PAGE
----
The future of business intelligence in healthcare

Comparative analytics: The future of business intelligence in healthcare

In this age of increasing regulation governing areas such as electronic medical records, coding and Medicare reimbursements, optimizing performance at today’s healthcare organizations is not easy. It requires aligning the critical financial and operational business components that are necessary to deliver cost-effective care to produce optimal patient outcomes. Organizations need to measure, monitor and manage these components.

Measurement can be a complicated process, though. Considering the many variables within an organization, it becomes challenging to pinpoint those areas in which efforts need to be focused in order to maximize performance. To overcome these challenges, leading organizations are utilizing advanced business intelligence solutions that feature comparative analytics to give them an edge in identifying those components of their business for which improvements can make the most significant impact.

Traditional use of comparative analytics within an enterprise has included measuring and monitoring isolated areas, such as:

  • The American Heart Association’s tracking of heart disease and treatment patterns to develop clinical pathways.
  • Non-clinical performance measures, such as clinician salaries, and the cost of medical supplies per patient and per procedure.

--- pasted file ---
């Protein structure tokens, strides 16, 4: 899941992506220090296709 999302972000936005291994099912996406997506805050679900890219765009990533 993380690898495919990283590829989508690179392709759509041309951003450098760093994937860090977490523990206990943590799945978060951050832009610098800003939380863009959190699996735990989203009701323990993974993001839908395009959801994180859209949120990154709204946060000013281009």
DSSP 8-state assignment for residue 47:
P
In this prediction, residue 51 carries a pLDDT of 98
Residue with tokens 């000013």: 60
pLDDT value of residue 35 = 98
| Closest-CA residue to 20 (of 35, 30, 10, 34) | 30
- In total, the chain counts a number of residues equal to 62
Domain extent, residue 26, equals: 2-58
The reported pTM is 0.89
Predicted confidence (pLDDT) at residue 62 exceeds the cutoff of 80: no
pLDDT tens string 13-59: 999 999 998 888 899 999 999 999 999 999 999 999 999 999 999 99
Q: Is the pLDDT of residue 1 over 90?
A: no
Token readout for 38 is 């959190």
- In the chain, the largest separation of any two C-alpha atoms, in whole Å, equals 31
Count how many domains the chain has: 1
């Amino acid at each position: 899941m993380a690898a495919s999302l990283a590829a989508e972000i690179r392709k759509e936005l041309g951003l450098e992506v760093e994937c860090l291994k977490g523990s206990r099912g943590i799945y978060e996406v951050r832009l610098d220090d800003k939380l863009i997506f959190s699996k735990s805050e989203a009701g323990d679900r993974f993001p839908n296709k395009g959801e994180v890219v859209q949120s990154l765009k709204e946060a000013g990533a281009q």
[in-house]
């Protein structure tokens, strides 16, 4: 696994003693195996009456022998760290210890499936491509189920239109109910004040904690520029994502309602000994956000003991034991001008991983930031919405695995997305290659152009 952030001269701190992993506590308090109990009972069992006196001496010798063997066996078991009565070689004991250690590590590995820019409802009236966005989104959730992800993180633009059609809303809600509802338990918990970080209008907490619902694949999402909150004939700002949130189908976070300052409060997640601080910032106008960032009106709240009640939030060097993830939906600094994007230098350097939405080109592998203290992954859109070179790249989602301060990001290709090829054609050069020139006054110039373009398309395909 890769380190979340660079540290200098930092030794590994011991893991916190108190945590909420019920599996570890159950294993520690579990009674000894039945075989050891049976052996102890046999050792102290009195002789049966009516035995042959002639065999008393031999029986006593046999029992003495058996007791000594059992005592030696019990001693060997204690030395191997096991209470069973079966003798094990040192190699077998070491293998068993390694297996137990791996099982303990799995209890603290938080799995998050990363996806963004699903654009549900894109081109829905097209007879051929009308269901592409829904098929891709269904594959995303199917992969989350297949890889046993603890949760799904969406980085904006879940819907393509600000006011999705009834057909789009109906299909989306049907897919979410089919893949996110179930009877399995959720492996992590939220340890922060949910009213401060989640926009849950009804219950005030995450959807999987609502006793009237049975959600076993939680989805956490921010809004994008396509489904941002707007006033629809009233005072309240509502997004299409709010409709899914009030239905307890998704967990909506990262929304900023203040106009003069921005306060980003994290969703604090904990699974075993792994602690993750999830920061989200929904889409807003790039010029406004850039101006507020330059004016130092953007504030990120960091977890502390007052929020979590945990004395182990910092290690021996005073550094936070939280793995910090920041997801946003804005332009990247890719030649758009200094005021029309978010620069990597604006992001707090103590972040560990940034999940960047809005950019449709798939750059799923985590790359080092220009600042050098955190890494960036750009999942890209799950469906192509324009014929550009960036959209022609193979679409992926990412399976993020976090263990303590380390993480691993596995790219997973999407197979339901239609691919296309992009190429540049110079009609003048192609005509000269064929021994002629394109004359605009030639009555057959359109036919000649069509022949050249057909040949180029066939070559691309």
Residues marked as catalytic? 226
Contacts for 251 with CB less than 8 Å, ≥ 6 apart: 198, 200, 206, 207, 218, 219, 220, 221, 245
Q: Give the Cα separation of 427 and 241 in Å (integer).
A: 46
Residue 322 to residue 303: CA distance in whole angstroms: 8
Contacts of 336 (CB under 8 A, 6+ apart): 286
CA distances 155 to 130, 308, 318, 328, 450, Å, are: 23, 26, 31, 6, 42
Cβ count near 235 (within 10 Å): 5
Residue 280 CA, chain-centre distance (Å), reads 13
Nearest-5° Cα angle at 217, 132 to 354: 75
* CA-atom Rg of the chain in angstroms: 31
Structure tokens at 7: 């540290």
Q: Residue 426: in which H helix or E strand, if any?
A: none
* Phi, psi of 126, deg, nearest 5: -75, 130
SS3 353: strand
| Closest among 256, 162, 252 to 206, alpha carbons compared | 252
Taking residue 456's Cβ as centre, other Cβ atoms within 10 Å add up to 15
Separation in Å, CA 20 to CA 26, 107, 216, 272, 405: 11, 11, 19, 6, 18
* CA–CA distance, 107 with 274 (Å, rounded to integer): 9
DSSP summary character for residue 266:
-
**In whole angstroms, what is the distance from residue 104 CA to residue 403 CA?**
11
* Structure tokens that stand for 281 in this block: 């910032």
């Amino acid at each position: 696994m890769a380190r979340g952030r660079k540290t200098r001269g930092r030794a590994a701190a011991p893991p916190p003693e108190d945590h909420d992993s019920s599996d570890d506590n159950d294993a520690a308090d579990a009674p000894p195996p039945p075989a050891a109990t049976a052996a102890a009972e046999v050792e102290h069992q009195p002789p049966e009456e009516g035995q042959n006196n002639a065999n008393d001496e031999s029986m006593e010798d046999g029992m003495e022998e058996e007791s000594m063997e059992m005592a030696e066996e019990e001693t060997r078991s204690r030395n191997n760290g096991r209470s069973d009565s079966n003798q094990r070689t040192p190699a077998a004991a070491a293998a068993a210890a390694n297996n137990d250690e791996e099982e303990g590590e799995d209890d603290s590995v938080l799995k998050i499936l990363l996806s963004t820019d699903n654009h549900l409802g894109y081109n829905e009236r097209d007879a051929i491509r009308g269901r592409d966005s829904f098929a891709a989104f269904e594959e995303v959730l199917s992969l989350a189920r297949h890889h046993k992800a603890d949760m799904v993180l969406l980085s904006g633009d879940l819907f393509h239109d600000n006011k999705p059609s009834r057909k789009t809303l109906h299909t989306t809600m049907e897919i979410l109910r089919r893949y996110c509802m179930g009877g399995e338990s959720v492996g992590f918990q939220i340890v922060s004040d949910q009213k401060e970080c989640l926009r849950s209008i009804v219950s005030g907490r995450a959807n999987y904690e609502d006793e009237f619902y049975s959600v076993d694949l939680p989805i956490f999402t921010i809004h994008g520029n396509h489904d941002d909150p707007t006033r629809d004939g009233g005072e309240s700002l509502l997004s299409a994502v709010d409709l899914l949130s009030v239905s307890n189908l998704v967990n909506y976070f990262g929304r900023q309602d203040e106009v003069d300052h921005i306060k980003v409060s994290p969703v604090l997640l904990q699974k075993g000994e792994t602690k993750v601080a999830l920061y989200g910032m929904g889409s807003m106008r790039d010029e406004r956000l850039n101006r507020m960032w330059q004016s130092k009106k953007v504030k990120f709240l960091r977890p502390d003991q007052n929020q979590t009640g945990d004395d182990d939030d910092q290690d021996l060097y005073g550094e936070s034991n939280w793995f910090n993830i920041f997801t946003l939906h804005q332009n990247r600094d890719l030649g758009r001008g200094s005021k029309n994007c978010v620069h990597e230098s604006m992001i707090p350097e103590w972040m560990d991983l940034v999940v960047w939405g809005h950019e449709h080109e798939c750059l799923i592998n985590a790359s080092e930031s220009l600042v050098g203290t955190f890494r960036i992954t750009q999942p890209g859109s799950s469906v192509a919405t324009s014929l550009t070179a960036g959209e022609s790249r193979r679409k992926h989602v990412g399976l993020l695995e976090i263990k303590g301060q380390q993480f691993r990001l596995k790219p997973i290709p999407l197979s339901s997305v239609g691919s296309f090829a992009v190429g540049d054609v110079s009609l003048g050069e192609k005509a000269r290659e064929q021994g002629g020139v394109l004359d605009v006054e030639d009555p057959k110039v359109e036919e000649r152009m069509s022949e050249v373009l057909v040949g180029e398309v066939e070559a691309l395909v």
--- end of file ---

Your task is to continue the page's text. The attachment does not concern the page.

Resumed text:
• The Medical Group Management Association’s ongoing compensation and utilization surveys.

In addition to these traditional uses, comparative analytics is increasingly being used in new ways across the industry as more and more organizations understand the added value of employing comparative analytics solutions over simple business intelligence.

So what’s the difference?

Business intelligence solutions use technology that enables organizations to collect, maintain and organize specific knowledge such as key performance indicators. Examples include: measuring accounts receivable data; assessing internal performance metrics; measuring payer payment turnaround rates; evaluating cost measures; receiving patient prescription adherence; and monitoring clinical pathway compliance.

The common denominator of all these activities is that they focus on analyzing internal data and, generally, do not benchmark comparisons against peers.

In contrast, comparative analytics solutions leverage the concepts of business intelligence but contextually compare that data against peers and other benchmarks – a key differentiator.

For example, comparative analytics solutions enable organizations to access salary and compensation statistics, measure reimbursement rates against benchmarked data and compare actual clinical treatments against published pathways.

Next-generation comparative analytics capabilities provide even more transparency and value, including the use of real-time data to benchmark against peer indicators such as claim denial rates, denial reasons, durations in coding and claim types, staff productivity, payer performance compliance, utilization and more.

In addition, more timely data provides more accurate comparisons that reflect what is happening now so that it can be connected or modified immediately, before the financial impact is realized.

Brian Fugere serves as chief operating officer for RemitDATA. He is responsible for all marketing, product management, support, training, consulting and strategy activities for the company. Since arriving at RemitDATA, Fugere has led the shift from direct to channel marketing, and has developed and implemented a new product management methodology. He is currently reinvigorating the company’s support and training programs as well as building and launching a new hybrid big data-consulting offering.

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